Home Button

Search Button

About this page Button

Contact the Cheat Emporium Button

Vacancies at the Cheat Emporium

Netscape 4 compliant

Made with a Mac badge

U-Boat 2: Drumbeat

Tips & hints
German type vii u-boat side view

About target encounters

There are two ways of encountering targets:

The first type is the "non-directed ship encounter", or chance encounter, announced by a lookout calling "Captain to the bridge", or, if submerged, by the sonar operator reporting a sound contact.

The second type is the "directed ship encounter". This is via a radio message appearing at the top of the screen. This message is from a Packmate who has seen a ship, or shadow, on the horizon and gives latitude, longitude and course of the ship. Your navigator will soon announce "I have it plotted, Captain" and a "+" symbol will appear on the chart.

Keep the terms "directed and non-directed ship encounters" in mind. They will be referred to many times in the following text.

Tactics for warships

There will come a time in your career, when attacking a warship gives perhaps the only chance to live for another day. Let's set up a scenario..... you hear the lookout say "Captain to the bridge". You go to the bridge and are informed there is a vessel bearing green 30 degree. Looking through the UZO (binoculars) you see the ship coming straight for you. In this scenario diving and sitting on the bottom is probably more hazardous, to survival, than attacking.

What I do:

1. If I am not already at flank speed, I click on "all". (This gives me the speed to get down fast).

2. Click on dive

3. Click on "green flank" to start turn toward the target.

4. Watch both the depth gauge and the gyro compass.

When you have turned about 30 degree green, click on the "half, full,flank" box to stop turning.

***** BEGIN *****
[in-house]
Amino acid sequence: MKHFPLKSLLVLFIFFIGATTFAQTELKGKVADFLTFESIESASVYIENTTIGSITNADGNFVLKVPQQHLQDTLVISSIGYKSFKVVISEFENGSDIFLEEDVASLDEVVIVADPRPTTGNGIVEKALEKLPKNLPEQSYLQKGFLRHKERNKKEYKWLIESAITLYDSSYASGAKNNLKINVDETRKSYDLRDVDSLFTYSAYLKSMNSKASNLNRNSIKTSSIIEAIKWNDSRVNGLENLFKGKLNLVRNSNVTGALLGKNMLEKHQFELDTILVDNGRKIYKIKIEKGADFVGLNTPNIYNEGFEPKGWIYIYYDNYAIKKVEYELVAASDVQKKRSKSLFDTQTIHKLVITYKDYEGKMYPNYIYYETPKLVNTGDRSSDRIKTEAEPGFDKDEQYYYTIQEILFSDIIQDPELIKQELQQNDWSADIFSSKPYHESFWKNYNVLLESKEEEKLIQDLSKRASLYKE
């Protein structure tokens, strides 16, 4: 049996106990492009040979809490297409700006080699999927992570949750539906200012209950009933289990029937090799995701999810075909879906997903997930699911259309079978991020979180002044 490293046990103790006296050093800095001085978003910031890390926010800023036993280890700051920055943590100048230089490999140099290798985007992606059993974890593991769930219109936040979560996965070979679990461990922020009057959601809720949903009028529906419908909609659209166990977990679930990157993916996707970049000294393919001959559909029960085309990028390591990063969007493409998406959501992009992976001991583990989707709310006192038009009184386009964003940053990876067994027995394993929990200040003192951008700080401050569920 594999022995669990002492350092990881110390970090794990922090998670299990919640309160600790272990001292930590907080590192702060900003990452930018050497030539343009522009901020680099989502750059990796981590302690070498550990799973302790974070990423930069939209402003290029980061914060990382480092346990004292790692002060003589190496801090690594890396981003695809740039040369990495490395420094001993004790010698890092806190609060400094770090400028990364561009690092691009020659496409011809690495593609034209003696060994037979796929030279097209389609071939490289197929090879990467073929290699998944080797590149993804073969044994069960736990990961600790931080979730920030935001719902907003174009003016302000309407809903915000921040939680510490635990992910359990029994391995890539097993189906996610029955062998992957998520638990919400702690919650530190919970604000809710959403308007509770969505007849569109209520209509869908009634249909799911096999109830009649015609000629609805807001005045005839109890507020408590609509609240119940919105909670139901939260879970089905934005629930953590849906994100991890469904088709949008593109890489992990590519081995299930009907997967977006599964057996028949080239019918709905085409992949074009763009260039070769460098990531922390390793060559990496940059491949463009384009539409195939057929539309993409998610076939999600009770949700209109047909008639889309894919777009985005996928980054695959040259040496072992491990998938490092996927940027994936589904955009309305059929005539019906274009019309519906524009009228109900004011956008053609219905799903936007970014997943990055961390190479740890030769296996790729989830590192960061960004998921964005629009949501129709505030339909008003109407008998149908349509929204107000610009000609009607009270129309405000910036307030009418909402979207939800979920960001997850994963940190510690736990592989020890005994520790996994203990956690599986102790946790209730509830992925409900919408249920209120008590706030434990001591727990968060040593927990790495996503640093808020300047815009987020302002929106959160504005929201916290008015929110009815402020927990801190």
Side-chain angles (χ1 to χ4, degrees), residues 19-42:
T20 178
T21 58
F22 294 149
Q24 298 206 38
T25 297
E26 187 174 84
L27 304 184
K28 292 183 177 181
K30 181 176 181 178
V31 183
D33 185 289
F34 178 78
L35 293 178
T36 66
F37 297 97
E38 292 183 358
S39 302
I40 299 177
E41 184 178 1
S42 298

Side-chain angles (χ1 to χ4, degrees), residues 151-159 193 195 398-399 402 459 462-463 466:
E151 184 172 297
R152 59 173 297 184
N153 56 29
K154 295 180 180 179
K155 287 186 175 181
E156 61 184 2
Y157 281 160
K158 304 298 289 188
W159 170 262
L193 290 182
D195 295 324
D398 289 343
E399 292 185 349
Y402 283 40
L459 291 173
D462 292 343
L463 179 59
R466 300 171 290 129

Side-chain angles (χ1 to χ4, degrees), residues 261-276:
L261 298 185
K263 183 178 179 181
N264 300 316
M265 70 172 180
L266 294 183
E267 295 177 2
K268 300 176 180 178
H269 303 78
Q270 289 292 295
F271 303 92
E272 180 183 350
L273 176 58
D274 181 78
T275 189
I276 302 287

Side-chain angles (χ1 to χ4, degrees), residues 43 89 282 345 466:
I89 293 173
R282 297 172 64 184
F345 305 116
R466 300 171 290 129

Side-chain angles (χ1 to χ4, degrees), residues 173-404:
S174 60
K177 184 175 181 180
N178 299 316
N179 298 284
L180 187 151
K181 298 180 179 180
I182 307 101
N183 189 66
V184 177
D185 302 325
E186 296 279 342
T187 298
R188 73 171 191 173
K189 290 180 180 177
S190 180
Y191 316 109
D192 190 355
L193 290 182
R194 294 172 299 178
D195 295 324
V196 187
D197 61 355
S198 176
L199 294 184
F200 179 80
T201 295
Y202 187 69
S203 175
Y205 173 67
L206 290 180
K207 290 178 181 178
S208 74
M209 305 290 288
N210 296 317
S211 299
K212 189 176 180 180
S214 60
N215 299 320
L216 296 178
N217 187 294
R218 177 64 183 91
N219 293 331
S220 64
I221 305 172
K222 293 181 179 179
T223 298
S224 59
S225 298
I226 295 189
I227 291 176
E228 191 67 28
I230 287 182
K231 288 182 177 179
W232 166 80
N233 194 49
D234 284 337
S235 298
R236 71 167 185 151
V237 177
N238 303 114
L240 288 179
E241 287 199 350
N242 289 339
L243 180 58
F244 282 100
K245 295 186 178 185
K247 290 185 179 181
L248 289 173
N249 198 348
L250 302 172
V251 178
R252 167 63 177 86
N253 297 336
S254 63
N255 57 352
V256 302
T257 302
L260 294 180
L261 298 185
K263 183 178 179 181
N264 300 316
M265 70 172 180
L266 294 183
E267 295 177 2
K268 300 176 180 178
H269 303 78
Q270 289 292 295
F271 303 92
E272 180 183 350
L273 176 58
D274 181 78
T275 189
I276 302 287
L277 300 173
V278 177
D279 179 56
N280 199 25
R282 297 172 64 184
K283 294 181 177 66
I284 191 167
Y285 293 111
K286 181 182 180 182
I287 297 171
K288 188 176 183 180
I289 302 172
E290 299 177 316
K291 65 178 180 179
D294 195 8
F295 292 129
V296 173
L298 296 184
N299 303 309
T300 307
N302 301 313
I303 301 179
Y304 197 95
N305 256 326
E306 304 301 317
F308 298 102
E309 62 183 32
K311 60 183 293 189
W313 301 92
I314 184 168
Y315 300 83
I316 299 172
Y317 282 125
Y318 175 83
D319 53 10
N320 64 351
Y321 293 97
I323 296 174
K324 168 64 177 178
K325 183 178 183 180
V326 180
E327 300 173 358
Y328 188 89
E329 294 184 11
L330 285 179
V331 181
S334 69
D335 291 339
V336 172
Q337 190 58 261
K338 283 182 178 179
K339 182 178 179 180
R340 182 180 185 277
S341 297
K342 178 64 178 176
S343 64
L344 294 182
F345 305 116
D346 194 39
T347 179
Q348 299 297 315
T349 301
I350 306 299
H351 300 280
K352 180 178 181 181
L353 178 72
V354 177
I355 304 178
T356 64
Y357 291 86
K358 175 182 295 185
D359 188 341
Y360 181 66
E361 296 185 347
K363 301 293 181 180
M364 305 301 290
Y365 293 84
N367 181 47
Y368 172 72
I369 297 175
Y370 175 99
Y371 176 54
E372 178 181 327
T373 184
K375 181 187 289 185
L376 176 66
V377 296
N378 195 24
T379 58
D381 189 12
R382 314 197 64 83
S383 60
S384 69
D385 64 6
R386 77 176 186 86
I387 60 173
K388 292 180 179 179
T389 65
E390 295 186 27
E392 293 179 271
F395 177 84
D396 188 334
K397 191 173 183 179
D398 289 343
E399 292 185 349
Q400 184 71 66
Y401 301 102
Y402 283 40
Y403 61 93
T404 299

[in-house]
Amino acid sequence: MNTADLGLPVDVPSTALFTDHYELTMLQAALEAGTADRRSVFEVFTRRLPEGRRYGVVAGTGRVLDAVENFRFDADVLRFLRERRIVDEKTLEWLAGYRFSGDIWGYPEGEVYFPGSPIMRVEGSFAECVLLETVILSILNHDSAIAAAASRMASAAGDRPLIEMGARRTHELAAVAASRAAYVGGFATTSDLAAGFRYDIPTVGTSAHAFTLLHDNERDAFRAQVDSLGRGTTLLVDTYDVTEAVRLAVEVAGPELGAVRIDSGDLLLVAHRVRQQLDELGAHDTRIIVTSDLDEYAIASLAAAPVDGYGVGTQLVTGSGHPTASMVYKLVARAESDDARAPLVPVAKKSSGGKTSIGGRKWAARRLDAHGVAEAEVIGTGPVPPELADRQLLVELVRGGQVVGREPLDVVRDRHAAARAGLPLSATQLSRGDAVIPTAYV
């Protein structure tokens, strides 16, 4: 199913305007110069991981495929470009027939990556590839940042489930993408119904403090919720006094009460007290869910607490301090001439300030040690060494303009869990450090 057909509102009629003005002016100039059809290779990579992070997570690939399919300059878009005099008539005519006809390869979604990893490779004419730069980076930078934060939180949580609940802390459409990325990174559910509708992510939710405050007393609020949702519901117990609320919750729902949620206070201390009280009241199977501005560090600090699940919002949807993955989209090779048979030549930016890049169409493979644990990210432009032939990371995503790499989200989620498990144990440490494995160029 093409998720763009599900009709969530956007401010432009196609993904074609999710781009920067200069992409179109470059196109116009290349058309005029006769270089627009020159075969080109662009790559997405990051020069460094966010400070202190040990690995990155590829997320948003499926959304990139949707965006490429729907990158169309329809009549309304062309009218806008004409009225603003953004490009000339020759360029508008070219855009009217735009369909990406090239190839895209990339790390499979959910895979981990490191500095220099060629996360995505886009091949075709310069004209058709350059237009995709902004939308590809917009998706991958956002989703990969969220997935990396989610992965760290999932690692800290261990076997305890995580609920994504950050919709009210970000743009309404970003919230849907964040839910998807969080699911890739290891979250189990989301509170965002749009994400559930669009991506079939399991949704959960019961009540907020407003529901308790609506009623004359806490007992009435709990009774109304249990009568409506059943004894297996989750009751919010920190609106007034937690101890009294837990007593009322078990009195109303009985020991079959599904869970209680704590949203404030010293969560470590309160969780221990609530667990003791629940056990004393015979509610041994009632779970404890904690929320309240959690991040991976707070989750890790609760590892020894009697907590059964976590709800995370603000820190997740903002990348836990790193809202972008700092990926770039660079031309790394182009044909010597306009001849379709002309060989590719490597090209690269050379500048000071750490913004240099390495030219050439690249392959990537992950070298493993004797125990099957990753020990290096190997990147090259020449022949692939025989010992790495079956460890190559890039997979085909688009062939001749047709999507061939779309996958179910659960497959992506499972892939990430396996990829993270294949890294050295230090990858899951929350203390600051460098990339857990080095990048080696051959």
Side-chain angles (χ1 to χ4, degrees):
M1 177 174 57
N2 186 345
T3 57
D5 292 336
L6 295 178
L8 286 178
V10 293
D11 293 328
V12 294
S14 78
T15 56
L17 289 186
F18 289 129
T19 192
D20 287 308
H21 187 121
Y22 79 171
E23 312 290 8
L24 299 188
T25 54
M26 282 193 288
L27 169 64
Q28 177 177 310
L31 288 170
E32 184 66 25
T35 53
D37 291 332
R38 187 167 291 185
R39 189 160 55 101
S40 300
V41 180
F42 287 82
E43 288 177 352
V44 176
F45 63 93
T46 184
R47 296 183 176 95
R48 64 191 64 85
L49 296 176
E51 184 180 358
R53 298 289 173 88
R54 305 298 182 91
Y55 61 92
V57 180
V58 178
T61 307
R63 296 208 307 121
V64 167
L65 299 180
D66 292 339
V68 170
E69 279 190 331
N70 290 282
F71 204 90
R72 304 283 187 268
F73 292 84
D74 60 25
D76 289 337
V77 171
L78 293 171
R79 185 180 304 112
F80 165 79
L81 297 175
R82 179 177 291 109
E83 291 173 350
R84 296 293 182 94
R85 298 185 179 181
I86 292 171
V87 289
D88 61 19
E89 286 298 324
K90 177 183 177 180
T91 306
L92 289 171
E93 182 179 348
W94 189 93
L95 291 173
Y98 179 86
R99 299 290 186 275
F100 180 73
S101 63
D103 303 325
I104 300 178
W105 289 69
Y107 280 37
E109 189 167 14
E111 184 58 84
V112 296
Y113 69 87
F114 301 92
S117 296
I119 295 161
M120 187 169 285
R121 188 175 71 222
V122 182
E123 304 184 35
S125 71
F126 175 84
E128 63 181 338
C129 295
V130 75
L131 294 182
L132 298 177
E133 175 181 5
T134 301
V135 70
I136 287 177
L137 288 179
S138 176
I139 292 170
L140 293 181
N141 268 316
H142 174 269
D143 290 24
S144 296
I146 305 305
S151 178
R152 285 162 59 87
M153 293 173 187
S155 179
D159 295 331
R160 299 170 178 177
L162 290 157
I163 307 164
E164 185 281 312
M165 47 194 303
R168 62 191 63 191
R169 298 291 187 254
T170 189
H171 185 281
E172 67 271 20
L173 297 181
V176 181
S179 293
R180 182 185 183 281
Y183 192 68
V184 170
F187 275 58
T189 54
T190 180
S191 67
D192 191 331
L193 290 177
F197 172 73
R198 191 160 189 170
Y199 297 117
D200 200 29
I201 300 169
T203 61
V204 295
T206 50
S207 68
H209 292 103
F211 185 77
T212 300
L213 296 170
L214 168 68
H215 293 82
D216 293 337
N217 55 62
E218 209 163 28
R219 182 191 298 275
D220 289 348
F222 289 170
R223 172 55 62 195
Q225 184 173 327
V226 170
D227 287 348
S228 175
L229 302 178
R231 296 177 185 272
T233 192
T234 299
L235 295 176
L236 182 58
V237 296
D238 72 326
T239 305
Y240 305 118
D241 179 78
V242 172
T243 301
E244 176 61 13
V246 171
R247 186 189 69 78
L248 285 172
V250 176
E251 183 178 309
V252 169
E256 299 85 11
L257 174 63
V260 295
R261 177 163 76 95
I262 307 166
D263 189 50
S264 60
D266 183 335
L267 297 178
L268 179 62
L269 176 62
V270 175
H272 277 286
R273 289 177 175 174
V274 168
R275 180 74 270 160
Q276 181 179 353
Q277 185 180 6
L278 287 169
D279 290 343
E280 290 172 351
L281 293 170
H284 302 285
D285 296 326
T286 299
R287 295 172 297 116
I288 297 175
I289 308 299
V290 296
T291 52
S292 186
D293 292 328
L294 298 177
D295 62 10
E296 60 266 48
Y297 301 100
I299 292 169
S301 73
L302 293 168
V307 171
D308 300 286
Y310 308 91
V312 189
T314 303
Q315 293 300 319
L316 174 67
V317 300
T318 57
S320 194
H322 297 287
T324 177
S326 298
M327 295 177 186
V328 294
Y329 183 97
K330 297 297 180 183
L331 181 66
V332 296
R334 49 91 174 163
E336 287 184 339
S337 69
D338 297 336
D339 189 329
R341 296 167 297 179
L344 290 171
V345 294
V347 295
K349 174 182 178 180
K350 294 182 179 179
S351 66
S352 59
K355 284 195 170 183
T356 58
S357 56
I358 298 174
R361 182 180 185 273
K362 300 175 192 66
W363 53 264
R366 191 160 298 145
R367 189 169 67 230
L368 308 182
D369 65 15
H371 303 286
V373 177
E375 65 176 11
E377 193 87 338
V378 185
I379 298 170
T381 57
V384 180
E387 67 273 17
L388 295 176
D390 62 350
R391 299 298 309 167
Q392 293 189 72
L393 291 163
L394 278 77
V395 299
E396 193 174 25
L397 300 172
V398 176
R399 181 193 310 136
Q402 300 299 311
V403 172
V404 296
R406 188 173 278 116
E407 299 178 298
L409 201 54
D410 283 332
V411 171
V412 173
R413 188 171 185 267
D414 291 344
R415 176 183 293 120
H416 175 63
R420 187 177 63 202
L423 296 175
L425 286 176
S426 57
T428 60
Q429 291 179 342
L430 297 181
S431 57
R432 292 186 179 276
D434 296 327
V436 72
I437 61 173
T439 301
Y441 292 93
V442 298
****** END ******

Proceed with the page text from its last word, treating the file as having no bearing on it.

When the needle of the depth gauge is in the "green" then click on the periscope. Clicking on the periscope is a shortcut method to both stop the dive and raise the periscope.

5. Make any adjustment by turning until you have the ship centered in the crosshair of the scope. If not exactly centered then use the "red, green" adjustment on the scope.

6. Once you have identified the ship, go to the TDC and put in all pertinent data. At this point, preset the divisions at which you will fire the torpedo's. Always fire 2 torpedoes, this gives a better chance of one hitting the target.

7. When the firing point is reached, drop the scope and then click on the "fire" button. Click on "all" to go to flank speed, and turn "red or green" 90 degree "flank" to get out of his way. Which way to turn is always a crap shoot. He might turn in the same direction.

8. If you get a hit you are home free. If you miss ... then try to evade. Dive, all ahead flank, turn 90 degree red or green and level out at about 220 meters and stop engines.

Whether, in deep water, you should shut off the electric motors or not, is somewhat of a Catch 22. With the motors on you might evade, but the motor noise provides the warship a greater possibility of detecting you.

If the warship stays overhead and makes many repeated runs at you with depth charges, then it is probably best to try to escape by going to flank speed. Go to the chart and see where the U-boat is in relation to the circle. If the sub is near the edge of the circle, go flank speed toward that edge. If you are dead center in the circle, then which way to go can be determined by the "target bearing reports". These reports are of great value in evasion.

Evading warships prior to detection

Most non-directed encounters are in fact warships. This is especially true if you are away from shipping lanes.

If it is daylight, you should treat each non-directed ship encounter as a warship, go deep before he has detected you. Never, ever stay on the surface. If you know his course, turn away 180 degree. Take heed of all "target bearing" messages, change course based on the messages and evade.